Emerg Med J 30:165-166 doi:10.1136/emermed-2012-202190.3
  • Best Evidence Topic reports

BET 2: Dexamethasone for reduction of migraine recurrence

Report by: Andrew Neill, Registrar Emergency Medicine

Search checked by: Domhnall Brannigan, Consultant Emergency Medicine

Institution: St Vincent's University Hospital, Dublin, Ireland


A short-cut review was carried out to establish whether the administration of dexamethasone reduced the risk of recurrence of migraine headaches at 24 h. Three hundred and fifteen articles were found using the reported search including two systematic reviews and meta-analyses. A total of nine trials was included between the two meta-analyses. One trial was included in both analyses from the abstract data but had subsequently been published with further patient data. The author, date and country of publication, patient group studied, study type, relevant outcomes, results and study weaknesses of these papers are tabulated (table 2). It is concluded that the administration of dexamethasone reduces the risk of recurrence at 24 h in patients presenting to an emergency department with a migraine headache.

Clinical scenario

You have been treating a 30-year-old woman in the emergency department (ED) for classic migraine. Her symptoms have improved and she is keen to go home. She was given steroids to reduce recurrence when she last visited the ED with migraine and she asks you if you are going to do the same.

Three-part question

In [adult ED patients with migraine] is [a single dose of dexamethasone] useful to [reduce recurrence of migraine?]

Search strategy

Medline searched via Ovid interface.

[ OR exp Migraine Disorders OR OR exp Headache/] AND [exp Dexamethasone/OR] limited to English language.

Search outcome: 315 papers were found. There were two published systematic reviews and meta-analyses each containing seven studies and providing a total of nine separate studies. One study, that had been included in both meta-analyses as an abstract, was published with additional included patients after the other two articles.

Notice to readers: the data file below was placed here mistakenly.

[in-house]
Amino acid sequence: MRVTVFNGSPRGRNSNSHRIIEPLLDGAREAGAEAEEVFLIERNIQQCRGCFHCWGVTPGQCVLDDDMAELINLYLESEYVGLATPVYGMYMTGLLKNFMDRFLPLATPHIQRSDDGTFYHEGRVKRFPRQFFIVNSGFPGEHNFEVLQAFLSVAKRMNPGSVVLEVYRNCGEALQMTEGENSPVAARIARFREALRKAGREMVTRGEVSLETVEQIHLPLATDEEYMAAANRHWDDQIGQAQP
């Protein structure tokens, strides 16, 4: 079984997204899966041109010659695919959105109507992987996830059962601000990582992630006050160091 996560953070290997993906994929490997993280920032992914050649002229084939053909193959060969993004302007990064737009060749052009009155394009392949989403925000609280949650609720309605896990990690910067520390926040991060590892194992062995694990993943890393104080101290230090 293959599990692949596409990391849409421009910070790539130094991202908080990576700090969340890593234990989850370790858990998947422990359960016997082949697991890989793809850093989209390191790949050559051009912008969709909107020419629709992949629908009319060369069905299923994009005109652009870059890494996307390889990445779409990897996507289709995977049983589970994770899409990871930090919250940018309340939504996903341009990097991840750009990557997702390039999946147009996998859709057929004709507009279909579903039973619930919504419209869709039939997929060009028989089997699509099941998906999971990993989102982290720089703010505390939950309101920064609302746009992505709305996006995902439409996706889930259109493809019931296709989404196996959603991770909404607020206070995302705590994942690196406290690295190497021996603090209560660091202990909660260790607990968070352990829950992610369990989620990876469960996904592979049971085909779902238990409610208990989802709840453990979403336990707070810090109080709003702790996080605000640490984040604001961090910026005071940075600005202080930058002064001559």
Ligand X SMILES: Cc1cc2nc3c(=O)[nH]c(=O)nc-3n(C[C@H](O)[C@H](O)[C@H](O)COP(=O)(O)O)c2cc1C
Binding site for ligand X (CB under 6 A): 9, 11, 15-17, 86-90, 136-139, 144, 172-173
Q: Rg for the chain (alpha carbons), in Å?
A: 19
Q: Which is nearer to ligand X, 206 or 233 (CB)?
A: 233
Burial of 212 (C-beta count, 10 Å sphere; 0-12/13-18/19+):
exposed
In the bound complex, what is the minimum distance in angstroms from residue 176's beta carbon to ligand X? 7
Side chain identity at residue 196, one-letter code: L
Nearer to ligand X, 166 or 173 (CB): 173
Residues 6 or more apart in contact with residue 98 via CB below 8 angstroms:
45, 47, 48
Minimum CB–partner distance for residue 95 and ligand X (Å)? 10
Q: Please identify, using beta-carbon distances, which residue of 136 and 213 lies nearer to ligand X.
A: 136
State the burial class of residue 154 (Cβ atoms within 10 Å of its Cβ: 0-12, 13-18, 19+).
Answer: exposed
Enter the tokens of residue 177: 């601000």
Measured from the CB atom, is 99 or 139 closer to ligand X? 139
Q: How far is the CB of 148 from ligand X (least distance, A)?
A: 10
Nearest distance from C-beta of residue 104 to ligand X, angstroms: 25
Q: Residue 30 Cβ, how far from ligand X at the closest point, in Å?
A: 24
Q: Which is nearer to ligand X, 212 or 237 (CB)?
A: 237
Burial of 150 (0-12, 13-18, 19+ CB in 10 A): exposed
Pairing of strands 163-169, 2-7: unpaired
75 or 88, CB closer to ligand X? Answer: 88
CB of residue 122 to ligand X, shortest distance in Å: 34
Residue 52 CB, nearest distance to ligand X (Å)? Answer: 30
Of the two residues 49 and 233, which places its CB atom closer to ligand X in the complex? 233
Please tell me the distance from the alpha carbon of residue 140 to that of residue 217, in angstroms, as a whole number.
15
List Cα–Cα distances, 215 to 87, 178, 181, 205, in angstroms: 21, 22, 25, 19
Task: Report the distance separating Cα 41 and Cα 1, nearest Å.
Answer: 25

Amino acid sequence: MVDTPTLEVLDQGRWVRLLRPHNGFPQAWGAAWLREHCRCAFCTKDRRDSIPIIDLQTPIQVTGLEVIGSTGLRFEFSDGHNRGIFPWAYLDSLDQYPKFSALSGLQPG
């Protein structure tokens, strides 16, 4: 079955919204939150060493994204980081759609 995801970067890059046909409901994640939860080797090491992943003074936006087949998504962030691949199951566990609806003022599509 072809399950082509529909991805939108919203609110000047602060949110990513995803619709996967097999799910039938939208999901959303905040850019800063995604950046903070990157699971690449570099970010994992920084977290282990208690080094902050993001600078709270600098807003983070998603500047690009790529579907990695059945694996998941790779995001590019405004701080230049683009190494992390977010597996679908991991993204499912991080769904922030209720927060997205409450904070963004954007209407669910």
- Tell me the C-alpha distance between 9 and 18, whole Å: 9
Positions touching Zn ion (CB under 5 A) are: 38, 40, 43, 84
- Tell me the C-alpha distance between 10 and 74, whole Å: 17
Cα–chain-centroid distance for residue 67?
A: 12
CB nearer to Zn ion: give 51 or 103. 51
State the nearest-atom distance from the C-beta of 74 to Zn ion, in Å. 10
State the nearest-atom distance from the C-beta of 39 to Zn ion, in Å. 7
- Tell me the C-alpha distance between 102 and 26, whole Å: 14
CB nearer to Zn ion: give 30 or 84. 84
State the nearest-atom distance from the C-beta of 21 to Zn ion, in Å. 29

Table 2

Relevant paper(s)


Nine separate randomised controlled trials have been considered comparing dexamethasone against placebo and other agents. There is a trend towards improvement in symptoms in each of the trials although this did not always reach statistical significance. However, both meta-analyses demonstrated a modest but significant reduction in the recurrence of migraine headache at 24 h. Both meta-analyses provided a number needed to treat of nine patients.

Both systematic reviews also looked at recorded adverse events and did not find any clinically significant side effects or any significant differences in the event rates of adverse events compared to placebo. The included studies all had exclusion criteria such as pregnancy, diabetes, history of peptic ulceration etc. so this is only true of the selected population.

Clinical bottom line

Patients who have received successful abortive treatment for migraine in the ED should be considered for a single does of intravenous dexamethasone before discharge to reduce the risk of recurrence, in the absence of any of the usual relative contraindications to steroid therapy.

Colman I, Friedman BW, Brown MD, et al. Parenteral dexamethasone for acute severe migraine headache: meta-analysis of randomised controlled trials for preventing recurrence. BMJ 2008;336:1359–61.

Singh A, Alter HJ, Zaia B. Does the addition of dexamethasone to standard therapy for acute migraine headache decrease the incidence of recurrent headache for patients treated in the emergency department? A meta-analysis and systematic review of the literature. [Erratum appears in Acad Emerg Med 2009;16:435]. Acad Emerg Med 2008;15:1223–33.

Fiesseler FW, Shih R, Szucs P, et al. Steroids for migraine headaches: a randomized double-blind, two-armed, placebo-controlled trial. J Emerg Med 2011;40:463–8.


  • Provenance and peer review Commissioned; internally peer reviewed.

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